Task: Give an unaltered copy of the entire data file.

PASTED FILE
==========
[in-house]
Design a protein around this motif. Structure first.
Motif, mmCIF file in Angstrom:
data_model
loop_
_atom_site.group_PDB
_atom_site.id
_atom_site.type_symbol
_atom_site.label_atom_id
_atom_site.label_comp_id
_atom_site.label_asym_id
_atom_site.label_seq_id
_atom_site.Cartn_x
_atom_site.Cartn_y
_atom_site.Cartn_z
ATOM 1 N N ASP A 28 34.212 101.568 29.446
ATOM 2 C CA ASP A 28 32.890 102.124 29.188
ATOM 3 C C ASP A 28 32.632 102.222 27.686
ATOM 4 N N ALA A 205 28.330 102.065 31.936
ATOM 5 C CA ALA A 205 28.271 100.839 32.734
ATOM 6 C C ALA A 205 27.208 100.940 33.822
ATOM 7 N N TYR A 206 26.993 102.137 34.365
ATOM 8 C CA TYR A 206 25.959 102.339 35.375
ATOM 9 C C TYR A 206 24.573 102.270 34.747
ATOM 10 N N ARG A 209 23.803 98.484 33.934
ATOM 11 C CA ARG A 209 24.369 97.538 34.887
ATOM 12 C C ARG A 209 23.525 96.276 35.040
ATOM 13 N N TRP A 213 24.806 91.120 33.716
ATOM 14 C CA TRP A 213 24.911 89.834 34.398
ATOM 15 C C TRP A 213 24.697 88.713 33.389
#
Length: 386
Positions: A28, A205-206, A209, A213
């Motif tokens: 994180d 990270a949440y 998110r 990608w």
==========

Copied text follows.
[in-house]
Design a protein around this motif. Structure first.
Motif, mmCIF file in Angstrom:
data_model
loop_
_atom_site.group_PDB
_atom_site.id
_atom_site.type_symbol
_atom_site.label_atom_id
_atom_site.label_comp_id
_atom_site.label_asym_id
_atom_site.label_seq_id
_atom_site.Cartn_x
_atom_site.Cartn_y
_atom_site.Cartn_z
ATOM 1 N N ASP A 28 34.212 101.568 29.446
ATOM 2 C CA ASP A 28 32.890 102.124 29.188
ATOM 3 C C ASP A 28 32.632 102.222 27.686
ATOM 4 N N ALA A 205 28.330 102.065 31.936
ATOM 5 C CA ALA A 205 28.271 100.839 32.734
ATOM 6 C C ALA A 205 27.208 100.940 33.822
ATOM 7 N N TYR A 206 26.993 102.137 34.365
ATOM 8 C CA TYR A 206 25.959 102.339 35.375
ATOM 9 C C TYR A 206 24.573 102.270 34.747
ATOM 10 N N ARG A 209 23.803 98.484 33.934
ATOM 11 C CA ARG A 209 24.369 97.538 34.887
ATOM 12 C C ARG A 209 23.525 96.276 35.040
ATOM 13 N N TRP A 213 24.806 91.120 33.716
ATOM 14 C CA TRP A 213 24.911 89.834 34.398
ATOM 15 C C TRP A 213 24.697 88.713 33.389
#
Length: 386
Positions: A28, A205-206, A209, A213
């Motif tokens: 994180d 990270a949440y 998110r 990608w």